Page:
Why Do We Have A Bill Of Rights? By Daniel Sheridan

The Founding Fathers met in the summer of 1787 to create a new form of government for these United States. George Washington and James Madison called the convention a miracle. They were amazed that people with diverse backgrounds were able to come up with a document the sole purpose of which is to protect the people through an ingenious system of checks and balances.

Yet, as great as the document was, there were a few in the Convention who couldn’t bring themselves to sign it. These men were Governor Randolph of Virginia, and George Mason, another Virginian. Mason was the famous author of the Virginia Bill of Rights. Their complaint was that the document didn’t contain a bill of rights.

Once the Constitution was complete it was sent to the States for ratification. The States debated the issue. Some of the debates were hotly contested, especially in New York and Virginia.

One of the main arguments of those who opposed ratification was that the Constitution lacked a bill of rights, just as Mason and Randolph had said. Patrick Henry took the lead on this point. He said history has proved that a government will assume just about any power unless it was told “hands off!” in no uncertain terms. Henry said:

“I go further, and affirm that bills of rights, in the sense and to the extent in which they are contended for, are not only unnecessary in the proposed Constitution, but would even be dangerous. They would contain various exceptions to powers not granted; and, on this very account, would afford a colorable pretext to claim more than were granted. For why declare that things shall not be done which there is no power to do? Why, for instance, should it be said that the liberty of the press shall not be restrained, when no power is given by which restrictions may be imposed?”

This is a good argument because the facts of Henry’s statement were indisputable. However, Alexander Hamilton argued against a bill of rights. He argued that bills of rights traditionally were written to restrain Monarchs, and since America is a Republic, a bill of rights is unnecessary. But his most impressive argument was in Federalist # 84:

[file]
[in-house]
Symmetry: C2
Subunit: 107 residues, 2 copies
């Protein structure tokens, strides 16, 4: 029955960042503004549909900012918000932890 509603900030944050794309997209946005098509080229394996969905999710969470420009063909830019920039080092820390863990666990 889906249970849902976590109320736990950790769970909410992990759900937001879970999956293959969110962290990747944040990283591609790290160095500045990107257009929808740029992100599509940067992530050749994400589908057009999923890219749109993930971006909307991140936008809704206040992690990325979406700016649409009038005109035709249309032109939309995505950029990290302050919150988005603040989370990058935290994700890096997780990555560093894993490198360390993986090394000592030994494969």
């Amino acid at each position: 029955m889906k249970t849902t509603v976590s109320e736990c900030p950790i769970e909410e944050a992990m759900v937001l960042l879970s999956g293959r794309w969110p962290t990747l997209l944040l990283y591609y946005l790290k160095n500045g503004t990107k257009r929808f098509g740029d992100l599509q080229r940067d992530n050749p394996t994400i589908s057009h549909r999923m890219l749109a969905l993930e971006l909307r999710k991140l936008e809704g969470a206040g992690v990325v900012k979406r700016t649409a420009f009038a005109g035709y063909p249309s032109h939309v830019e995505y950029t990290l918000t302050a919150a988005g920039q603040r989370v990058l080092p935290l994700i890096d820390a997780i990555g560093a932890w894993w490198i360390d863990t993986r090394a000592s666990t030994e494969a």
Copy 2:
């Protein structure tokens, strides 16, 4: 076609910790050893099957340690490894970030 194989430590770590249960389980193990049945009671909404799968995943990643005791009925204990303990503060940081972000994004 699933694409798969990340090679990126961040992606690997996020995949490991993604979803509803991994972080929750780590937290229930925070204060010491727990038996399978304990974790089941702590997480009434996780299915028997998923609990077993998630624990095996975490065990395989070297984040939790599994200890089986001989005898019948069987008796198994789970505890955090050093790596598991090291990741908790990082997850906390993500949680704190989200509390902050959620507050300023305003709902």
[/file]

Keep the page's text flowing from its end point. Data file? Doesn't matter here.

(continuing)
“I go further, and affirm that bills of rights, in the sense and to the extent in which they are contended for, are not only unnecessary in the proposed Constitution, but would even be dangerous. They would contain various exceptions to powers not granted; and, on this very account, would afford a colorable pretext to claim more than were granted. For why declare that things shall not be done which there is no power to do? Why, for instance, should it be said that the liberty of the press shall not be restrained, when no power is given by which restrictions may be imposed?”

Both parties ultimately got their way. The Constitution was ratified and no time was wasted satisfying those who demanded a Bill of Rights. James Madison got the ball rolling at the very first meeting of the Congress. The “Father of the Constitution” now became the assembler of the Bill of Rights.

The States submitted 189 suggestions, Madison boiled them down to 17, and Congress approved 12. The 12 were submitted to the States in September of 1789, they ratified 10 of them. The Bill of Rights went into effect in December of 1791.

The preamble to the Bill of Rights sums up the spirit and goal of the Bill of Rights:

“The Conventions of a number of the States having, at the time of adopting the Constitution, expressed a desire, in order to prevent misconstruction or abuse of its powers, that further declaratory and restrictive clauses should be added: And as extending the ground of public confidence in the Government, will best insure the beneficent ends of its institution…”

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